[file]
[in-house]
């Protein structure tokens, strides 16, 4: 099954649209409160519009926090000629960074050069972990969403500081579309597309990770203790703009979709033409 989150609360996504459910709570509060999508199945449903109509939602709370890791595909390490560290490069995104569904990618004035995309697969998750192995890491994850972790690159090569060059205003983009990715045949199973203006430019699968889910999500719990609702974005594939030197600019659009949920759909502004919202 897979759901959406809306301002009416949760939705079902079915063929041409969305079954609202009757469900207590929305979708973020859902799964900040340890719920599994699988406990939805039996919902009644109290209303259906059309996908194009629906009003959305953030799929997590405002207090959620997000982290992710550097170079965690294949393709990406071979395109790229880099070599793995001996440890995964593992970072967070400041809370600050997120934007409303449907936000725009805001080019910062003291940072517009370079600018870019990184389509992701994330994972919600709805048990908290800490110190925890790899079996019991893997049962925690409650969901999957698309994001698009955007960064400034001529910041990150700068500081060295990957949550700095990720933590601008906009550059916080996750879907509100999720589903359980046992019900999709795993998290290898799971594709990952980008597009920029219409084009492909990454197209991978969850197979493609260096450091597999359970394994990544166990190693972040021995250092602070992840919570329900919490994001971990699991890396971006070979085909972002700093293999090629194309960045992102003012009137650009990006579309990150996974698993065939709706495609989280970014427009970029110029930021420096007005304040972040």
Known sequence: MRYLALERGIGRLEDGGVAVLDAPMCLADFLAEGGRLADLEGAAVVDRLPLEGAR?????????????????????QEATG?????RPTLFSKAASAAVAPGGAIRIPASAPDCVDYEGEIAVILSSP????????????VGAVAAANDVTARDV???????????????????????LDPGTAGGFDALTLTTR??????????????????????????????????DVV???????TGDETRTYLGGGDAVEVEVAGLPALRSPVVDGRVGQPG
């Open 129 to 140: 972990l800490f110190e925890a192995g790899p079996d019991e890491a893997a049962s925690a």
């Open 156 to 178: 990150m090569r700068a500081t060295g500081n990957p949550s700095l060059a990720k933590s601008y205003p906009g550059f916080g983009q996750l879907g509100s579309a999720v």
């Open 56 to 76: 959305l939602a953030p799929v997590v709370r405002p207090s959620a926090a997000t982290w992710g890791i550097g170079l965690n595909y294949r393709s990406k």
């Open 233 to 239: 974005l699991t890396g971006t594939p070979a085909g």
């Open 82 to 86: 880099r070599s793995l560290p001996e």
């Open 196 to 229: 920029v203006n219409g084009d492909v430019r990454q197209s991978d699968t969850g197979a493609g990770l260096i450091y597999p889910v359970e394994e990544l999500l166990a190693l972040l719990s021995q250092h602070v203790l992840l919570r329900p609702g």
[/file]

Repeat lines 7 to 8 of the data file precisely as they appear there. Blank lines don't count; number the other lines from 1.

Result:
């Open 233 to 239: 974005l699991t890396g971006t594939p070979a085909g």
């Open 82 to 86: 880099r070599s793995l560290p001996e």